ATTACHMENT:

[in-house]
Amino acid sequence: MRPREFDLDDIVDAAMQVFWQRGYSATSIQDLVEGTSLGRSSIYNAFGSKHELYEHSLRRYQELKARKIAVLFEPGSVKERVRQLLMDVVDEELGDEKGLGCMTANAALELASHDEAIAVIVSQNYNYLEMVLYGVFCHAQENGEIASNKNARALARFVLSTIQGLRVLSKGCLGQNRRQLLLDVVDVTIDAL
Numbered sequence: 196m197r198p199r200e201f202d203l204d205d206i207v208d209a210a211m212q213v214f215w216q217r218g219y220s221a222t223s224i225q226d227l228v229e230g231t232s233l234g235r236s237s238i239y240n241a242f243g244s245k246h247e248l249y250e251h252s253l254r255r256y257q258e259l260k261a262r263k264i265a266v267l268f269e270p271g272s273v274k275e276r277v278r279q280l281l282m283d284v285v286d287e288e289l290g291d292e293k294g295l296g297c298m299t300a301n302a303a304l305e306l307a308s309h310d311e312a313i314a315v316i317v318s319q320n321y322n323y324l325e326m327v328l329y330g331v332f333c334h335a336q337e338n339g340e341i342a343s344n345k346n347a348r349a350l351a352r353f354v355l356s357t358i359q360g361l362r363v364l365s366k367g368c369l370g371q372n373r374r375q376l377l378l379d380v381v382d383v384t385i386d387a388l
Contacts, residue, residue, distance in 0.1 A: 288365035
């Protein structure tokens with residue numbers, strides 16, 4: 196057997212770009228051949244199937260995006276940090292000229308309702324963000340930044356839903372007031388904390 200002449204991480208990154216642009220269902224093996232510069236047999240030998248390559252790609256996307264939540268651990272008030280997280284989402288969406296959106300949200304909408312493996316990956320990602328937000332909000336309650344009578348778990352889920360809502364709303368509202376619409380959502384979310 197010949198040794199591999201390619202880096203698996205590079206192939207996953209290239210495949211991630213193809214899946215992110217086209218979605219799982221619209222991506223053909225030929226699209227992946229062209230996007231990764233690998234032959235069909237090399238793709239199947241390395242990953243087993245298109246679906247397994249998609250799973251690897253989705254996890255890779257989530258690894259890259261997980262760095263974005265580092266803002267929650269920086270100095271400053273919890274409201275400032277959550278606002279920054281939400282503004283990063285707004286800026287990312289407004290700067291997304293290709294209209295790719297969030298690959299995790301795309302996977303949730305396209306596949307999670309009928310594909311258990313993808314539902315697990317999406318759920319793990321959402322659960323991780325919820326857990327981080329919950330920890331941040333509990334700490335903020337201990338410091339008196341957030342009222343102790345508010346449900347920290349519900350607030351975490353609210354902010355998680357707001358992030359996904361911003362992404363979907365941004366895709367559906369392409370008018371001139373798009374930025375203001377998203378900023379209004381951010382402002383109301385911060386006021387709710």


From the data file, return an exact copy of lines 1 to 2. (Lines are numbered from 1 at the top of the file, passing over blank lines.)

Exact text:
[in-house]
Amino acid sequence: MRPREFDLDDIVDAAMQVFWQRGYSATSIQDLVEGTSLGRSSIYNAFGSKHELYEHSLRRYQELKARKIAVLFEPGSVKERVRQLLMDVVDEELGDEKGLGCMTANAALELASHDEAIAVIVSQNYNYLEMVLYGVFCHAQENGEIASNKNARALARFVLSTIQGLRVLSKGCLGQNRRQLLLDVVDVTIDAL